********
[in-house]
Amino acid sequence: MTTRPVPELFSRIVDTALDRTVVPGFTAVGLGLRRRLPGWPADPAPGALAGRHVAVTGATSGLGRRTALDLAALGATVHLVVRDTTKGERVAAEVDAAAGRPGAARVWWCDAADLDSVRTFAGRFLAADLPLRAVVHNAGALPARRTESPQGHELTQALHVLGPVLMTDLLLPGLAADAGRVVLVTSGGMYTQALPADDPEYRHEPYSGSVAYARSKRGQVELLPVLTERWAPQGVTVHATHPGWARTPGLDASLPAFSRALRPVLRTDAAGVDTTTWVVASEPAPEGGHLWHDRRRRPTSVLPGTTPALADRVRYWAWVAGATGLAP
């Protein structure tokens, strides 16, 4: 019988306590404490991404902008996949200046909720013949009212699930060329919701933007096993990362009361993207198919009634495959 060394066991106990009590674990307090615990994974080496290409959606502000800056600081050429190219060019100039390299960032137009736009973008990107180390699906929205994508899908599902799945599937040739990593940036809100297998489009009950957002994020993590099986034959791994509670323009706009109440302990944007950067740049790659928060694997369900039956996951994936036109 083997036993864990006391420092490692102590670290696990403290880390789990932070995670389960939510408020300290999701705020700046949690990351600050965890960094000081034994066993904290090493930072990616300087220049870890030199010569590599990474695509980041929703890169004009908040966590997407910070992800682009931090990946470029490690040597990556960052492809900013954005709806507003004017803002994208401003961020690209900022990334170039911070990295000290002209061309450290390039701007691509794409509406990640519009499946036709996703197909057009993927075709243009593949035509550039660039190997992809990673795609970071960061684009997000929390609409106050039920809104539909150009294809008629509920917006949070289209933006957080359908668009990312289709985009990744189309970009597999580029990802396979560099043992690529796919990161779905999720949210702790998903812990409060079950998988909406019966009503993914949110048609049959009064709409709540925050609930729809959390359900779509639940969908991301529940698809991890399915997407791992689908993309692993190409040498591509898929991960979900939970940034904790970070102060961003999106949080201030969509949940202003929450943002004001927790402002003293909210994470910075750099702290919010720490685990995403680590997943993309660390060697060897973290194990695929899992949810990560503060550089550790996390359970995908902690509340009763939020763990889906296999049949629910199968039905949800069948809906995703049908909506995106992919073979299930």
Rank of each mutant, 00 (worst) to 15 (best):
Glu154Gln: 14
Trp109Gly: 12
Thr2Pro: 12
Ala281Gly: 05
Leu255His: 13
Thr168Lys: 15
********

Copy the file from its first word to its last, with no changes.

[in-house]
Amino acid sequence: MTTRPVPELFSRIVDTALDRTVVPGFTAVGLGLRRRLPGWPADPAPGALAGRHVAVTGATSGLGRRTALDLAALGATVHLVVRDTTKGERVAAEVDAAAGRPGAARVWWCDAADLDSVRTFAGRFLAADLPLRAVVHNAGALPARRTESPQGHELTQALHVLGPVLMTDLLLPGLAADAGRVVLVTSGGMYTQALPADDPEYRHEPYSGSVAYARSKRGQVELLPVLTERWAPQGVTVHATHPGWARTPGLDASLPAFSRALRPVLRTDAAGVDTTTWVVASEPAPEGGHLWHDRRRRPTSVLPGTTPALADRVRYWAWVAGATGLAP
């Protein structure tokens, strides 16, 4: 019988306590404490991404902008996949200046909720013949009212699930060329919701933007096993990362009361993207198919009634495959 060394066991106990009590674990307090615990994974080496290409959606502000800056600081050429190219060019100039390299960032137009736009973008990107180390699906929205994508899908599902799945599937040739990593940036809100297998489009009950957002994020993590099986034959791994509670323009706009109440302990944007950067740049790659928060694997369900039956996951994936036109 083997036993864990006391420092490692102590670290696990403290880390789990932070995670389960939510408020300290999701705020700046949690990351600050965890960094000081034994066993904290090493930072990616300087220049870890030199010569590599990474695509980041929703890169004009908040966590997407910070992800682009931090990946470029490690040597990556960052492809900013954005709806507003004017803002994208401003961020690209900022990334170039911070990295000290002209061309450290390039701007691509794409509406990640519009499946036709996703197909057009993927075709243009593949035509550039660039190997992809990673795609970071960061684009997000929390609409106050039920809104539909150009294809008629509920917006949070289209933006957080359908668009990312289709985009990744189309970009597999580029990802396979560099043992690529796919990161779905999720949210702790998903812990409060079950998988909406019966009503993914949110048609049959009064709409709540925050609930729809959390359900779509639940969908991301529940698809991890399915997407791992689908993309692993190409040498591509898929991960979900939970940034904790970070102060961003999106949080201030969509949940202003929450943002004001927790402002003293909210994470910075750099702290919010720490685990995403680590997943993309660390060697060897973290194990695929899992949810990560503060550089550790996390359970995908902690509340009763939020763990889906296999049949629910199968039905949800069948809906995703049908909506995106992919073979299930």
Rank of each mutant, 00 (worst) to 15 (best):
Glu154Gln: 14
Trp109Gly: 12
Thr2Pro: 12
Ala281Gly: 05
Leu255His: 13
Thr168Lys: 15